When did we arrive at a point in time when it was OK for a brand to essentially say, "Please take a shit in public and tells us about how it felt, what it looked like and how effective the toilet paper was at wiping it off your ass?"
Thanks to Charmin's Enjoy the Go promotion, we're in that moment right now. The toilet paper brand is seeking five people to spend five weeks in a Charmin-branded bathroom in Manhattan and blog about dropping a log.
Not that anyone really knows but a real martini used to be made with this stuff called vermouth. And it was made with gin. Now it's all about the vodka and olive juice. Well anyway, in the Netherlands, according to this long form commercial, it's all about the vermouth. Namely Martini vermouth.
Yea. The same stuff we wave over a glass of gin so we can prove to ourselves we're not just consuming a shot of gin is the same stuff some people drink alone. Personally, the stuff tastes terrible but after viewing this video, it sure seems to be a catalyst for a wonderful time.
The video, called Martini Moments, is filed with pretty people in search of the next great party. Of course, they find it and life is perfect.
We'd have to agree with AdFreak's assessment of a recent Leo Burnett-created McDonald's commercial currently running in the U.K. With rhyming, almost Beatnik-style poetry, the kind of people who frequent McDonald's are highlighted to illustrate the place is for people from all walks of life.
It's really quite well done and a welcome change from the run of the mill McDonald's commercial which, for the most part, is about price and item or some stupid promotion.
Step aside Mr. Whipple. Apparently, we are no longer embarrassed by or nervous about discussing the act of wiping our butts after we take a dump. Nope. We now can have frank and open discussions about the act and the products which can help us do a better job at cleaning our rear ends.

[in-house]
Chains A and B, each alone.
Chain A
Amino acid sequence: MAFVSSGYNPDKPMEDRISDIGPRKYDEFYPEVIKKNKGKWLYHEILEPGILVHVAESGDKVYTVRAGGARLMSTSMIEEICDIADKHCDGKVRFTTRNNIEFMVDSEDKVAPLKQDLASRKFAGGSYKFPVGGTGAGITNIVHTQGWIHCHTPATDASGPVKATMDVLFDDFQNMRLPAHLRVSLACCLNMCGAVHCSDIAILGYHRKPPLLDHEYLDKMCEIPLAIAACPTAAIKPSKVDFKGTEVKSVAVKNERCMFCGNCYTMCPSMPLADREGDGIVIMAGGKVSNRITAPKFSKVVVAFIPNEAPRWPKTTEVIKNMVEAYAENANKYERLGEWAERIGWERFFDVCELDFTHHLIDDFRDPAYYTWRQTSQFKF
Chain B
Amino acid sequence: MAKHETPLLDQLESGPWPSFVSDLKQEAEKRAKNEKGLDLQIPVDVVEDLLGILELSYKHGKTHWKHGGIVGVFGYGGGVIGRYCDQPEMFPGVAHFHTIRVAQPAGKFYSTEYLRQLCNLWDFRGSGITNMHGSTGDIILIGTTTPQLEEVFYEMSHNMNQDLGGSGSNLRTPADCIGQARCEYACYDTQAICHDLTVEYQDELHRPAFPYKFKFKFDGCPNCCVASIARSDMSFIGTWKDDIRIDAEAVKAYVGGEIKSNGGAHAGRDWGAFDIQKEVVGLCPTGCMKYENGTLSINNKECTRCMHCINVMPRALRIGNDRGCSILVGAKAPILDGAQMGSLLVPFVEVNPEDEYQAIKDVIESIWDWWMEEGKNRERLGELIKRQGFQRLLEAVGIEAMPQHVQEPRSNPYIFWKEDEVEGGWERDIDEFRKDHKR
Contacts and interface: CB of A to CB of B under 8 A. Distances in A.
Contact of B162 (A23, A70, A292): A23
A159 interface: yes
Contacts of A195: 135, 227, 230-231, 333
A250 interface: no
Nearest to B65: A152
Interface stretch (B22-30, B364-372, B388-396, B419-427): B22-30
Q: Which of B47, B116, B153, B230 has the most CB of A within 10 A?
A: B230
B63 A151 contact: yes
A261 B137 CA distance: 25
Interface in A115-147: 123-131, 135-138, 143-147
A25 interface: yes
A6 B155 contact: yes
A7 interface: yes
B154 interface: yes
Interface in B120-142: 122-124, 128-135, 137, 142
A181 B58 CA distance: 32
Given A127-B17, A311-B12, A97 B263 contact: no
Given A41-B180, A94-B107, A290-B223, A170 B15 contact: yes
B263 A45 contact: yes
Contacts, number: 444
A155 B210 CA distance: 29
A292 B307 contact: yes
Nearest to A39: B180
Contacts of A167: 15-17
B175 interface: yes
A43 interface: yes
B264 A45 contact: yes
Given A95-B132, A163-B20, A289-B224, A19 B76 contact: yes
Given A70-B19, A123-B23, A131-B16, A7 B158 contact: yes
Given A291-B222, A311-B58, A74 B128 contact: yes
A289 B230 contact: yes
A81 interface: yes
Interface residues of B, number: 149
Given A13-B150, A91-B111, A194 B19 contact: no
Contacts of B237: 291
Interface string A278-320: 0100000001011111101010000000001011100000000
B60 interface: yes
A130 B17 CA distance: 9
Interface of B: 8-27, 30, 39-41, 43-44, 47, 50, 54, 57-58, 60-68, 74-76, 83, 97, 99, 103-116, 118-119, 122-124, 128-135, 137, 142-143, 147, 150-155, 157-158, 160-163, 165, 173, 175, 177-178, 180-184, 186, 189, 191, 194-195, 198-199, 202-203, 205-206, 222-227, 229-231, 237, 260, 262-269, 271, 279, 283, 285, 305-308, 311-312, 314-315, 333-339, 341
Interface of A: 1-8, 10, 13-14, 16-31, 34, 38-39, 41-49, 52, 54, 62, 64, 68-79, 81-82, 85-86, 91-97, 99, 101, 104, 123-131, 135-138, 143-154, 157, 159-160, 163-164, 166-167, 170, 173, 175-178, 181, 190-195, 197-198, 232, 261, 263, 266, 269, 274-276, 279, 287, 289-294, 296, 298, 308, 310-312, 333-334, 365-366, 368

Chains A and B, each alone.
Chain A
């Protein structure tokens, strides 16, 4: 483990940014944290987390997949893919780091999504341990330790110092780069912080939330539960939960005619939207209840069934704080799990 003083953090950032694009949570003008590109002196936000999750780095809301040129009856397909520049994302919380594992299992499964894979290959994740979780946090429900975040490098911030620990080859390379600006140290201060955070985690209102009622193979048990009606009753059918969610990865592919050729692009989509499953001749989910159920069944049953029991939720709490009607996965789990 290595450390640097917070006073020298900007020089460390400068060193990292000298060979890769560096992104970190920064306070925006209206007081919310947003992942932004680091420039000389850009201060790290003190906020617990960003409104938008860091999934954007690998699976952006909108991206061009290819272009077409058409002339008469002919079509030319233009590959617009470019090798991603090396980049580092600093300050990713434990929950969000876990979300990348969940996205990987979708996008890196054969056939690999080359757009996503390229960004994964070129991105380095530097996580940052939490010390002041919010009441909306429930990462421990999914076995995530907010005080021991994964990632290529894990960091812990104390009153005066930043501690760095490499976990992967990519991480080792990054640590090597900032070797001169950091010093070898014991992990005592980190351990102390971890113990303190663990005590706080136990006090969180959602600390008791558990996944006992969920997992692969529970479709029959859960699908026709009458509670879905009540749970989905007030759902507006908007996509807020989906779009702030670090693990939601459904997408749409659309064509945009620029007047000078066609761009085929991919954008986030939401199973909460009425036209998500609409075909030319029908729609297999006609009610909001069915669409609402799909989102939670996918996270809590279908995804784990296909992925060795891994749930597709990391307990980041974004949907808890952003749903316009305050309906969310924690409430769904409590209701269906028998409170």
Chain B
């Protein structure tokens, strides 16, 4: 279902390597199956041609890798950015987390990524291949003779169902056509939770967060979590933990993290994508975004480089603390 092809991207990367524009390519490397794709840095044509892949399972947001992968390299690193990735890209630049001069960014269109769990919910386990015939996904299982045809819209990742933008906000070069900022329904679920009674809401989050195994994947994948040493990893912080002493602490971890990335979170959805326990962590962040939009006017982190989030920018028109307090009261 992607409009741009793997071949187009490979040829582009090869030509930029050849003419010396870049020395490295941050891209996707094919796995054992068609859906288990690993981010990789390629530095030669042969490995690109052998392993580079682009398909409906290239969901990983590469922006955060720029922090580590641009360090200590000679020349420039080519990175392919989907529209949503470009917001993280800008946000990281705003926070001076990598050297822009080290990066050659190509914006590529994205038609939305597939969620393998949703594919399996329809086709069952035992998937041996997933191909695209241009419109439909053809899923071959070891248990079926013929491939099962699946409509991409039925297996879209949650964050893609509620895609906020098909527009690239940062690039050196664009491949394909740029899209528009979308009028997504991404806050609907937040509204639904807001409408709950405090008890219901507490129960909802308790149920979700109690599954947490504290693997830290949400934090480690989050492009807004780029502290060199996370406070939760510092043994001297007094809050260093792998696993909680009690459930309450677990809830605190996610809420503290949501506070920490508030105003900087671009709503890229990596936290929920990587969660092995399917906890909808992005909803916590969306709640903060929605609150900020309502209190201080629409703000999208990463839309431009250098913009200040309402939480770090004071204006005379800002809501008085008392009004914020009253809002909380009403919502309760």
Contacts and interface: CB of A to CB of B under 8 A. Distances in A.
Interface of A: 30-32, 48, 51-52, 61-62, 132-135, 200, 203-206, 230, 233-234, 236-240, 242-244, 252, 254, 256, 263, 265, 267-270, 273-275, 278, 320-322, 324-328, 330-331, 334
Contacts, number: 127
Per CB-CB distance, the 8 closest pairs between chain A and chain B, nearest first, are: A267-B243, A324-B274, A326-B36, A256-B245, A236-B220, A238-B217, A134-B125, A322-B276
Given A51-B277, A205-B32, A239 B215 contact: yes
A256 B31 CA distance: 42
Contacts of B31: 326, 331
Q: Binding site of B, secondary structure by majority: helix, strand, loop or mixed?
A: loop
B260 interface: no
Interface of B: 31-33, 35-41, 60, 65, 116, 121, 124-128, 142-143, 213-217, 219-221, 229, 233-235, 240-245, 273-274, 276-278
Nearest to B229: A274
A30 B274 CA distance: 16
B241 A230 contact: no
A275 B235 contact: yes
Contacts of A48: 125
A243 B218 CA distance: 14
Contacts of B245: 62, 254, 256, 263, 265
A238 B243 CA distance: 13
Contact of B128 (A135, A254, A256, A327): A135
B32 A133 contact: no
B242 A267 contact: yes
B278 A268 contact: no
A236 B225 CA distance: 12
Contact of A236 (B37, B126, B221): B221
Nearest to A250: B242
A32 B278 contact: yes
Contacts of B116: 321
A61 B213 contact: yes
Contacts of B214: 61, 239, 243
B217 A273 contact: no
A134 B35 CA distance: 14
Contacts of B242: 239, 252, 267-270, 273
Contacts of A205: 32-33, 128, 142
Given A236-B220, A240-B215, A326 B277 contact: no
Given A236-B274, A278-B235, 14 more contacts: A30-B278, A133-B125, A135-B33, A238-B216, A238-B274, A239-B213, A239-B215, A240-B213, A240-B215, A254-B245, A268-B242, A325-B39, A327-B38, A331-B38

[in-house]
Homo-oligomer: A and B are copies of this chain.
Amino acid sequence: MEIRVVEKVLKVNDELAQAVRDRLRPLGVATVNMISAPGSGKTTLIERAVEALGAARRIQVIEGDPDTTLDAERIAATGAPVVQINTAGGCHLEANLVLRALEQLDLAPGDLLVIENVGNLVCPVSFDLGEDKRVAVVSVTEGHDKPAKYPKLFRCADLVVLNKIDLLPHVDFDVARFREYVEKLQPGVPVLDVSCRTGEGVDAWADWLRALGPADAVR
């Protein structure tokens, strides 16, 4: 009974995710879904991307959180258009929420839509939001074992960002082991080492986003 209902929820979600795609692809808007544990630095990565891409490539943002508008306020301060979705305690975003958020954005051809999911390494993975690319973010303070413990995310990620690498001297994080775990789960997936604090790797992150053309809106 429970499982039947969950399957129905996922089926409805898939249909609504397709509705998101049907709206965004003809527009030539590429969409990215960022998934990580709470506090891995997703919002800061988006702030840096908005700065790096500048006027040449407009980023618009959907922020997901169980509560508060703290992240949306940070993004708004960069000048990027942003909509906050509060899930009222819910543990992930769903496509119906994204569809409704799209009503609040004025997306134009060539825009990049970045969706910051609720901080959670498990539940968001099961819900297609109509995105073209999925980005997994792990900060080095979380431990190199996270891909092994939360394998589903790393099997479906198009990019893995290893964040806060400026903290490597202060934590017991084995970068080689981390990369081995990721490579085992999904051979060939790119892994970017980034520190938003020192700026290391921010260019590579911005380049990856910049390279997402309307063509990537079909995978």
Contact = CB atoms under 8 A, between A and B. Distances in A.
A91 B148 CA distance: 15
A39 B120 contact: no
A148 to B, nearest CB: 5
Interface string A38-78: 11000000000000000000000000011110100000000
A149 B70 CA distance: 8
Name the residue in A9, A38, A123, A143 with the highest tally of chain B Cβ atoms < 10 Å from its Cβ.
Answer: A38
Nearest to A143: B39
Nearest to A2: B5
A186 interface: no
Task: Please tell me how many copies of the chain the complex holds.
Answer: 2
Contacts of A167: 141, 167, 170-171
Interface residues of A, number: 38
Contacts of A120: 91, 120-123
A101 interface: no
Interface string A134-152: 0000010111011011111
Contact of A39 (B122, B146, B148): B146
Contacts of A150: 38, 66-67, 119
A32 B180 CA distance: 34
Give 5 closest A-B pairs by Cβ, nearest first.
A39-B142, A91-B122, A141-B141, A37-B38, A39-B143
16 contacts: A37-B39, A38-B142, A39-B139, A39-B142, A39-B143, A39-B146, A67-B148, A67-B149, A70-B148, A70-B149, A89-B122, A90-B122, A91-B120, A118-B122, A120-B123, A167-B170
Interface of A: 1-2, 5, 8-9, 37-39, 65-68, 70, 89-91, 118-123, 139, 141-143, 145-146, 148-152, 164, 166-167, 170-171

This video's been out for two months but, if we are to believe YouTube counter information, not many people have seen it. It's a product demonstration for Charmin freshmates. Basically, baby wipes for grownups. Using toothpaste as a stand in for, well, the brown stuff, a spokesman shows us why dry bath tissue doesn't completely accomplish the job. Nope. We need wet wipes to completely rid our ass of the annoying brown stuff.
The most loved and hated socnet du moment is partnering with Crushpad, a company that lets amateurs make, sell, brand and market their own wines -- to produce a Twitter-branded Pinot Noir and Chardonnay.
1/4 of the proceeds for the project, dubbed The Fledgling Initiative, go to a nonprofit called Room to Read, which promotes literacy for children in places like Sri Lanka, India, Laos, Zambia and Nepal.
According to Biz Stone and Ev Williams, the partnership's in keeping with their commitment to grow Twitter -- "because if you can't read you can't tweet!"
So there you have it. Ignite a future for the high-profile navel-gazers of tomorrow with your own bottle of Twitter wine, which goes for $20 a pop. Every case sold buys 60 local language books for Room to Read. You can also keep up with The Fledgling Initiative and find ways to get involved by following @fledgling.